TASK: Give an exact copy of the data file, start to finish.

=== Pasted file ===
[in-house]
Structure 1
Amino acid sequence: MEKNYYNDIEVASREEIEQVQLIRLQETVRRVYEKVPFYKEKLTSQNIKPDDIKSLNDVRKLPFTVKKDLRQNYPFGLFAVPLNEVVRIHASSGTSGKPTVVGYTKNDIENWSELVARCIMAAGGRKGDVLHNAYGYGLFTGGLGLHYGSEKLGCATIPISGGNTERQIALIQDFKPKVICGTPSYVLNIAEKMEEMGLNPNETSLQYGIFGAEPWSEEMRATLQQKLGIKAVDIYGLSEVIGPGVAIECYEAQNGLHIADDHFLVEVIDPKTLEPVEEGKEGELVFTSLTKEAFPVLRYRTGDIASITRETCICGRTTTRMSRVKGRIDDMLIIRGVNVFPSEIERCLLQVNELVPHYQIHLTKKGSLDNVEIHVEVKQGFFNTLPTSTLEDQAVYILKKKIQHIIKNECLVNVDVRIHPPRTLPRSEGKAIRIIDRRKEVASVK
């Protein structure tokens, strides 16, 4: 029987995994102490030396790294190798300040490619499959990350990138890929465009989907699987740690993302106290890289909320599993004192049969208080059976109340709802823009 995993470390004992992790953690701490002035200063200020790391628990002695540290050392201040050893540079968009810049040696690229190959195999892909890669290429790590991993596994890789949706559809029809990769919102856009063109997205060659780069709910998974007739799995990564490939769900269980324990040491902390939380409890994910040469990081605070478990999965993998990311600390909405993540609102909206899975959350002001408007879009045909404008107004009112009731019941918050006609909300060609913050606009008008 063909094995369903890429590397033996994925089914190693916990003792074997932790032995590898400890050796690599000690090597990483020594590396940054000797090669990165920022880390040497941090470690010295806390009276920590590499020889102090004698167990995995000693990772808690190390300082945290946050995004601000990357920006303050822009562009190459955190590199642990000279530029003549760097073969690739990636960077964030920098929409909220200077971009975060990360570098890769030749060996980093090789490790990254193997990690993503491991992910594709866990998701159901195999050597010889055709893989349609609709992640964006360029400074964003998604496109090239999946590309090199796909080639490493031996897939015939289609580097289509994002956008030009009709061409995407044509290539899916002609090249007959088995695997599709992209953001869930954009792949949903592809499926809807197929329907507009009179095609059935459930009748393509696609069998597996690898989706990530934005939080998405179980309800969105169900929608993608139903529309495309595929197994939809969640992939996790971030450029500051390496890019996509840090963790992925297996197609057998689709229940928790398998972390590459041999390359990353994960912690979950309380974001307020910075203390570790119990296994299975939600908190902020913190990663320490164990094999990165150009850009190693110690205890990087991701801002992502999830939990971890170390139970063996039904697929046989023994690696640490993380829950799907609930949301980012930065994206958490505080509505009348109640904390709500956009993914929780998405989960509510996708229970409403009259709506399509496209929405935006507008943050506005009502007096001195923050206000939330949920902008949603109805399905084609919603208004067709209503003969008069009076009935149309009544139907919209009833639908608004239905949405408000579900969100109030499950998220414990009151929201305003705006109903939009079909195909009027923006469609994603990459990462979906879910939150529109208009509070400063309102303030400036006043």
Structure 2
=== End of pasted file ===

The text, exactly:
[in-house]
Structure 1
Amino acid sequence: MEKNYYNDIEVASREEIEQVQLIRLQETVRRVYEKVPFYKEKLTSQNIKPDDIKSLNDVRKLPFTVKKDLRQNYPFGLFAVPLNEVVRIHASSGTSGKPTVVGYTKNDIENWSELVARCIMAAGGRKGDVLHNAYGYGLFTGGLGLHYGSEKLGCATIPISGGNTERQIALIQDFKPKVICGTPSYVLNIAEKMEEMGLNPNETSLQYGIFGAEPWSEEMRATLQQKLGIKAVDIYGLSEVIGPGVAIECYEAQNGLHIADDHFLVEVIDPKTLEPVEEGKEGELVFTSLTKEAFPVLRYRTGDIASITRETCICGRTTTRMSRVKGRIDDMLIIRGVNVFPSEIERCLLQVNELVPHYQIHLTKKGSLDNVEIHVEVKQGFFNTLPTSTLEDQAVYILKKKIQHIIKNECLVNVDVRIHPPRTLPRSEGKAIRIIDRRKEVASVK
């Protein structure tokens, strides 16, 4: 029987995994102490030396790294190798300040490619499959990350990138890929465009989907699987740690993302106290890289909320599993004192049969208080059976109340709802823009 995993470390004992992790953690701490002035200063200020790391628990002695540290050392201040050893540079968009810049040696690229190959195999892909890669290429790590991993596994890789949706559809029809990769919102856009063109997205060659780069709910998974007739799995990564490939769900269980324990040491902390939380409890994910040469990081605070478990999965993998990311600390909405993540609102909206899975959350002001408007879009045909404008107004009112009731019941918050006609909300060609913050606009008008 063909094995369903890429590397033996994925089914190693916990003792074997932790032995590898400890050796690599000690090597990483020594590396940054000797090669990165920022880390040497941090470690010295806390009276920590590499020889102090004698167990995995000693990772808690190390300082945290946050995004601000990357920006303050822009562009190459955190590199642990000279530029003549760097073969690739990636960077964030920098929409909220200077971009975060990360570098890769030749060996980093090789490790990254193997990690993503491991992910594709866990998701159901195999050597010889055709893989349609609709992640964006360029400074964003998604496109090239999946590309090199796909080639490493031996897939015939289609580097289509994002956008030009009709061409995407044509290539899916002609090249007959088995695997599709992209953001869930954009792949949903592809499926809807197929329907507009009179095609059935459930009748393509696609069998597996690898989706990530934005939080998405179980309800969105169900929608993608139903529309495309595929197994939809969640992939996790971030450029500051390496890019996509840090963790992925297996197609057998689709229940928790398998972390590459041999390359990353994960912690979950309380974001307020910075203390570790119990296994299975939600908190902020913190990663320490164990094999990165150009850009190693110690205890990087991701801002992502999830939990971890170390139970063996039904697929046989023994690696640490993380829950799907609930949301980012930065994206958490505080509505009348109640904390709500956009993914929780998405989960509510996708229970409403009259709506399509496209929405935006507008943050506005009502007096001195923050206000939330949920902008949603109805399905084609919603208004067709209503003969008069009076009935149309009544139907919209009833639908608004239905949405408000579900969100109030499950998220414990009151929201305003705006109903939009079909195909009027923006469609994603990459990462979906879910939150529109208009509070400063309102303030400036006043």
Structure 2